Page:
Winnie recalls, “The assault took place the day before a red carpet premiere of a film that we had. I was on the verge of being a producer on a feature film when the assault happened. I was in Northern Ireland for the tenth anniversary of the peace process because I’d been invited there as a former Mitchell Scholar, but when I was there I was having meetings with potential financiers for this film that we were going to make. It was going to be my first film as a full producer, and that was an adaptation of some short stories by a Northern Irish writer. So that was meant to happen, but then the assault took place, and that changed everything. I haven’t returned to producing since then. I think a lot of it was the PTSD and the agoraphobia and the mental health consequences of that kind of trauma. It was impossible for me to do my job, which was obviously sad at the time. Even in the autumn I was still trying to pretend to be a film producer and still trying to get that film to happen and I just realized, ‘I’m never going to get better and recover if I’m still trying to do my career at the same time.’”

FullSizeRender-4.jpgShe devoted herself to her recovery and rebuilding her life, especially after her perpetrator was convicted in Spring 2009. An avid travel and adventure lover, she spent much of 2009 traveling, and embarked upon a solo three-month backpacking trip to Southeast Asia. In 2010, she began looking for employment and after substantial difficulty came across an exciting opportunity to work for the Doha Tribeca Film Festival and Doha Film Institute in Qatar. 

Originally the position was temporary, as they were recruiting people with a background in film to move out there and work on the festival for several months. However, the position soon became permanent and Winnie was offered the opportunity to help start up the Qatar national film institute. Winnie recalls the time fondly: “I worked there for a number of years in the programming department for the festival. Also they wanted to have a year round screening series, so I oversaw that whole process and that was really interesting. Imagine working for a film festival that had zero budgetary concerns. But it was interesting and I was getting to still engage with film in a slightly different capacity and making things happen. At the same time, I was living in a place where nobody knew about the assault so I felt like I was sort of not addressing that part of my life.”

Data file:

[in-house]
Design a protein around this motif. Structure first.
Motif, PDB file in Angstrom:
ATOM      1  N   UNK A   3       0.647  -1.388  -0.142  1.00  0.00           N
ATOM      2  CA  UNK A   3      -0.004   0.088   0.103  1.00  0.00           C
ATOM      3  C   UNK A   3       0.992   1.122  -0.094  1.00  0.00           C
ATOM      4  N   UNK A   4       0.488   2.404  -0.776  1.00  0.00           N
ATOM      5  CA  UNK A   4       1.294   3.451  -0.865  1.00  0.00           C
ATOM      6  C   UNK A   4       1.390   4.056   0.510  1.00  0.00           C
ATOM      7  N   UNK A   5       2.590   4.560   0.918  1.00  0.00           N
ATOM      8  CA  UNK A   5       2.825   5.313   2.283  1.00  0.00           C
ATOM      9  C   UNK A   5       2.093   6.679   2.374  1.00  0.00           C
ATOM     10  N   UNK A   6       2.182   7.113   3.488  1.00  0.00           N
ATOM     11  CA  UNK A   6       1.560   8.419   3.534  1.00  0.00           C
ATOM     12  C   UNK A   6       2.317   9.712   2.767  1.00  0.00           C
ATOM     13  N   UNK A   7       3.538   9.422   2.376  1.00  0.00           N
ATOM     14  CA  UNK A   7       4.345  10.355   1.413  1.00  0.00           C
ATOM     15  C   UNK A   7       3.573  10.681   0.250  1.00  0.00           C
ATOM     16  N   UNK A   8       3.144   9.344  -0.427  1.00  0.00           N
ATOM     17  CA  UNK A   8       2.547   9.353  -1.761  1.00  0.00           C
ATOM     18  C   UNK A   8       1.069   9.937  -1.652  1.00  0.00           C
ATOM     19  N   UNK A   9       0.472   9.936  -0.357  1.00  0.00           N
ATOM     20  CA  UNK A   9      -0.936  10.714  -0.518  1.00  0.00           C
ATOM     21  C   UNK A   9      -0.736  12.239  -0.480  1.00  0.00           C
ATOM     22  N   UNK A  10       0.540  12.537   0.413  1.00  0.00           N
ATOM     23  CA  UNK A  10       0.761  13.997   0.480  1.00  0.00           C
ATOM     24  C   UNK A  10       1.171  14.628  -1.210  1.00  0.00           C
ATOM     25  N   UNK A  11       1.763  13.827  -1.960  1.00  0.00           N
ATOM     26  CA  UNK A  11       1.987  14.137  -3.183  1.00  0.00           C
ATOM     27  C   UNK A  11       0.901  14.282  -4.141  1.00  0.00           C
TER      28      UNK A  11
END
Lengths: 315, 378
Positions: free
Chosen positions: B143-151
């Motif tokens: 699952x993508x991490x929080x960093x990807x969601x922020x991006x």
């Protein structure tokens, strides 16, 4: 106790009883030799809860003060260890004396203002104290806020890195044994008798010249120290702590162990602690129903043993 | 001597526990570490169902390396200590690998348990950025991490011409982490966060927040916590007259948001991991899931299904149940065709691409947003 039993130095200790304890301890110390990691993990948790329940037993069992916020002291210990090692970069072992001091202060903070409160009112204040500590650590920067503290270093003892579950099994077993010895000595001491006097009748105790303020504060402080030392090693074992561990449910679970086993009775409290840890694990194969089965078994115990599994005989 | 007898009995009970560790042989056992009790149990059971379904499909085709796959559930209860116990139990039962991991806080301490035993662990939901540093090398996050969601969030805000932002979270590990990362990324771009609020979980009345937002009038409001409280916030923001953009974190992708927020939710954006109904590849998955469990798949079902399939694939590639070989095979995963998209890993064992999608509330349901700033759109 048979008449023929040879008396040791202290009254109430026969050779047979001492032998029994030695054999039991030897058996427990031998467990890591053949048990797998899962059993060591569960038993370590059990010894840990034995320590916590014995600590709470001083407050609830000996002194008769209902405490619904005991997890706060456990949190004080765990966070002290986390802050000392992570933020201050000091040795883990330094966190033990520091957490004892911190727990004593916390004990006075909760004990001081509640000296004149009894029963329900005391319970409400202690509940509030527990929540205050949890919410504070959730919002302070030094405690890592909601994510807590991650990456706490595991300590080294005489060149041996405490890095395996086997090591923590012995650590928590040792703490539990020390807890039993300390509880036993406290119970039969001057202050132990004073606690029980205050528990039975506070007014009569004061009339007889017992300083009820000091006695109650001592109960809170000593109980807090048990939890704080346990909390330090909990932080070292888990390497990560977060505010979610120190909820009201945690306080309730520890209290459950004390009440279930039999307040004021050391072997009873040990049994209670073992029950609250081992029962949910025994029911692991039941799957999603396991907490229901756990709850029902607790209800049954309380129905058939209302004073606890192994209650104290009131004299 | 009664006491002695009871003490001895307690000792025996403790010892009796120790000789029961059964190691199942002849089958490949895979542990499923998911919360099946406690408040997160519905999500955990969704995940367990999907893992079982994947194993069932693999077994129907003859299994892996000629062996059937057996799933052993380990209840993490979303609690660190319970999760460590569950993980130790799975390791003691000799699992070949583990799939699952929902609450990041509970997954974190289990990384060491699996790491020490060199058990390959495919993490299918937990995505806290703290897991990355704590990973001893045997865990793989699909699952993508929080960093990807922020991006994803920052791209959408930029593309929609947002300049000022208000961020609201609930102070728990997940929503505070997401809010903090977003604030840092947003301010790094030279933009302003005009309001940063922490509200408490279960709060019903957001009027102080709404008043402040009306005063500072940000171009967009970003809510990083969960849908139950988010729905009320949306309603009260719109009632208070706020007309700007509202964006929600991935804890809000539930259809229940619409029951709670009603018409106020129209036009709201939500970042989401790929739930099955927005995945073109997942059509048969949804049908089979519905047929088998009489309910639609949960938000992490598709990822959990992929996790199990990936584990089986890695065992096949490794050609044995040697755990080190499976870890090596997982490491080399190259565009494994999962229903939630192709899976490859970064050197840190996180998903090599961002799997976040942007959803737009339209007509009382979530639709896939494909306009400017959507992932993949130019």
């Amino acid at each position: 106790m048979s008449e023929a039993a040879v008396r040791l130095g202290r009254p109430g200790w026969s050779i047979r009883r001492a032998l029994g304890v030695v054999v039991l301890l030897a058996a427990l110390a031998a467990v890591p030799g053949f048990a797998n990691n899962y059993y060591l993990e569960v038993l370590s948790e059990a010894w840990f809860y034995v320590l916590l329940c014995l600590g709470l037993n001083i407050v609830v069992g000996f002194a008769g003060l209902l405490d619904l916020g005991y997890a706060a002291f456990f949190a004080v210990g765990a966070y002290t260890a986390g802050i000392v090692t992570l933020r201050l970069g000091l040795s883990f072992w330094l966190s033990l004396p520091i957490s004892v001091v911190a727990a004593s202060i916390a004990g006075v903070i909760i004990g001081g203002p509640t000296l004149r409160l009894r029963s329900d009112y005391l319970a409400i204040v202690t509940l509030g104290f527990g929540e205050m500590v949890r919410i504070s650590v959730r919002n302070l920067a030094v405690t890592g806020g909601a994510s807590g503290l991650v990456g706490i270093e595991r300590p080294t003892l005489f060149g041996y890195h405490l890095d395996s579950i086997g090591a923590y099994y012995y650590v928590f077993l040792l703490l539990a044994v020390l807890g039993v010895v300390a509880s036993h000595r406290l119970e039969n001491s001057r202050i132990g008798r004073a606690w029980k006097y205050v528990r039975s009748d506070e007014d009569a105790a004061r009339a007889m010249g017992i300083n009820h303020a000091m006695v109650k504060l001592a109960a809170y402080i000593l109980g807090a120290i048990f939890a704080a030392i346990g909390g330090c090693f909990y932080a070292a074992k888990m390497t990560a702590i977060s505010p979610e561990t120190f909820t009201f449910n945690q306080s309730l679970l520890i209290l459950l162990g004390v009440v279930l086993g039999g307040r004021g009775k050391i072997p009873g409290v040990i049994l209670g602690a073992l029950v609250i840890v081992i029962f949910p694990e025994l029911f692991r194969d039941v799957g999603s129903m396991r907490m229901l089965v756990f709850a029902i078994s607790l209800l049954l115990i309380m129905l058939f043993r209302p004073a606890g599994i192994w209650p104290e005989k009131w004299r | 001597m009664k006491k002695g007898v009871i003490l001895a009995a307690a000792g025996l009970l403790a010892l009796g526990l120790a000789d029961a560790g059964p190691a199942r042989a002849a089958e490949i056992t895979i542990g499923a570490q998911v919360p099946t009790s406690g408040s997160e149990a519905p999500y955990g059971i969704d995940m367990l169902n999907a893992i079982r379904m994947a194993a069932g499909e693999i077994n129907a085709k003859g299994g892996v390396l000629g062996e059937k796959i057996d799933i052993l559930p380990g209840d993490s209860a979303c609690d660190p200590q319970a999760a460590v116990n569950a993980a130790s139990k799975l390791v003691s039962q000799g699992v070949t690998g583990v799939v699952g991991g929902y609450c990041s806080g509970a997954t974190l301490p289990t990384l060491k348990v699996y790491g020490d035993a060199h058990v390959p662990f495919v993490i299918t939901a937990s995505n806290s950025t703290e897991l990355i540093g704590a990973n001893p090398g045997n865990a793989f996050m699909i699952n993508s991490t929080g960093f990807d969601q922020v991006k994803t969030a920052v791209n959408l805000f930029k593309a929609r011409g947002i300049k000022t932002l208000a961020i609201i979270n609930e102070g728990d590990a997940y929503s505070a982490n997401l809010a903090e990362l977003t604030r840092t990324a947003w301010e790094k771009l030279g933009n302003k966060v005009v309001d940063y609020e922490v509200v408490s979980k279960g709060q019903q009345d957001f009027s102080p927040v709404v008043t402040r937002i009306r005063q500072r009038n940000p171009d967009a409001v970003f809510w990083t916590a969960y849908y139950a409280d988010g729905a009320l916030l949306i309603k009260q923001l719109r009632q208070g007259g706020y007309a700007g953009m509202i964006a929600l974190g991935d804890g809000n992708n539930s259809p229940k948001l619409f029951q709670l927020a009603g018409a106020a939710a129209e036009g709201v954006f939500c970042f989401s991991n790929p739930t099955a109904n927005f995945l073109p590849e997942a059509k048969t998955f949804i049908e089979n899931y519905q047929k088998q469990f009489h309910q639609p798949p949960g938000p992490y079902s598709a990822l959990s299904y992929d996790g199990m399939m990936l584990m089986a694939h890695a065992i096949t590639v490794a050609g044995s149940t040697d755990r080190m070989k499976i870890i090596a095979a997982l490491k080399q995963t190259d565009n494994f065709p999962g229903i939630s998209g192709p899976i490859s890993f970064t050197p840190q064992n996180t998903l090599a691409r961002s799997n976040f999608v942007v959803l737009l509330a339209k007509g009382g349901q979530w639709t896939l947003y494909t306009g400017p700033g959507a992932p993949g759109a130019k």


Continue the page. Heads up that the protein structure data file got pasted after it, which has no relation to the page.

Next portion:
She briefly moved to Singapore after being offered the opportunity to work on an ecotourism project. Although she found the work interesting, ultimately she knew she wanted to return to her literary roots. She states, “I had negotiated a six-month contract because I was thinking of going back to do my creative writing master's. When my six-month contract ended in Singapore I didn’t renew it and moved back to London. The day after I landed in London, I went to class for this creative writing course, and the novel has been an all consuming project since then.”

When she returned to London for the creative writing course, Winnie already knew what she wanted to write about. Even though she didn’t officially start working on Dark Chapter until five years after her assault, soon after the incident she knew she needed to write about it. She explains, “As a writer the way I always process the world, or try and make sense of life, is through writing. So actually the prologue of the book, the first two pages, I wrote a few weeks after the assault.” She continues, “But I knew I had to get to the point in my life and recover and rebuild my life, which is why it was five years before I could start writing the novel. I needed the distance and the perspective from the trauma itself, and I myself needed to be able to say this is a choice I’m making to leave this other job which has given me a salary to write this novel because the novel’s that important for me.”